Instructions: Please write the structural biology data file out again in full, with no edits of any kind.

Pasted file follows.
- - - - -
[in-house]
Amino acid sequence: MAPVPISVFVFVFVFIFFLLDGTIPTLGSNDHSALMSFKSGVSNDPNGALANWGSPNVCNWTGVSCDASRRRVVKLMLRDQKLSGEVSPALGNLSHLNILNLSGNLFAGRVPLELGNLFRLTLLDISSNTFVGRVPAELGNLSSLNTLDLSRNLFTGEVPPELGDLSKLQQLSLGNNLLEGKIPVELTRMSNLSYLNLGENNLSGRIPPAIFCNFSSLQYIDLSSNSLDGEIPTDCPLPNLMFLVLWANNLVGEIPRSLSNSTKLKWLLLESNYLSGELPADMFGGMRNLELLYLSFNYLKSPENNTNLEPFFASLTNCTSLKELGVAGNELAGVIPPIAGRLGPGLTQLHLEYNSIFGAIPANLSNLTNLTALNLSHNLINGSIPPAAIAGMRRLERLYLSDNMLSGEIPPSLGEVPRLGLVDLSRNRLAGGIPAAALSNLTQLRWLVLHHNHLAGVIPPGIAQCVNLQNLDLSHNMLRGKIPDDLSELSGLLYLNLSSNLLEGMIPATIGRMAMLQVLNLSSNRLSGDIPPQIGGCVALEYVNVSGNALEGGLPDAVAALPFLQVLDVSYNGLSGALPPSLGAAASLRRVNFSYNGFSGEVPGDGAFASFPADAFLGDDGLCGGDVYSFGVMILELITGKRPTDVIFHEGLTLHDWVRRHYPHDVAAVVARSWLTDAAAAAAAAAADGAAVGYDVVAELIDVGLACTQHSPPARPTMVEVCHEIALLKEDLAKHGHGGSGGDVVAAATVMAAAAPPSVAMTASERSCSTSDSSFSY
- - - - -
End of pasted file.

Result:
[in-house]
Amino acid sequence: MAPVPISVFVFVFVFIFFLLDGTIPTLGSNDHSALMSFKSGVSNDPNGALANWGSPNVCNWTGVSCDASRRRVVKLMLRDQKLSGEVSPALGNLSHLNILNLSGNLFAGRVPLELGNLFRLTLLDISSNTFVGRVPAELGNLSSLNTLDLSRNLFTGEVPPELGDLSKLQQLSLGNNLLEGKIPVELTRMSNLSYLNLGENNLSGRIPPAIFCNFSSLQYIDLSSNSLDGEIPTDCPLPNLMFLVLWANNLVGEIPRSLSNSTKLKWLLLESNYLSGELPADMFGGMRNLELLYLSFNYLKSPENNTNLEPFFASLTNCTSLKELGVAGNELAGVIPPIAGRLGPGLTQLHLEYNSIFGAIPANLSNLTNLTALNLSHNLINGSIPPAAIAGMRRLERLYLSDNMLSGEIPPSLGEVPRLGLVDLSRNRLAGGIPAAALSNLTQLRWLVLHHNHLAGVIPPGIAQCVNLQNLDLSHNMLRGKIPDDLSELSGLLYLNLSSNLLEGMIPATIGRMAMLQVLNLSSNRLSGDIPPQIGGCVALEYVNVSGNALEGGLPDAVAALPFLQVLDVSYNGLSGALPPSLGAAASLRRVNFSYNGFSGEVPGDGAFASFPADAFLGDDGLCGGDVYSFGVMILELITGKRPTDVIFHEGLTLHDWVRRHYPHDVAAVVARSWLTDAAAAAAAAAADGAAVGYDVVAELIDVGLACTQHSPPARPTMVEVCHEIALLKEDLAKHGHGGSGGDVVAAATVMAAAAPPSVAMTASERSCSTSDSSFSY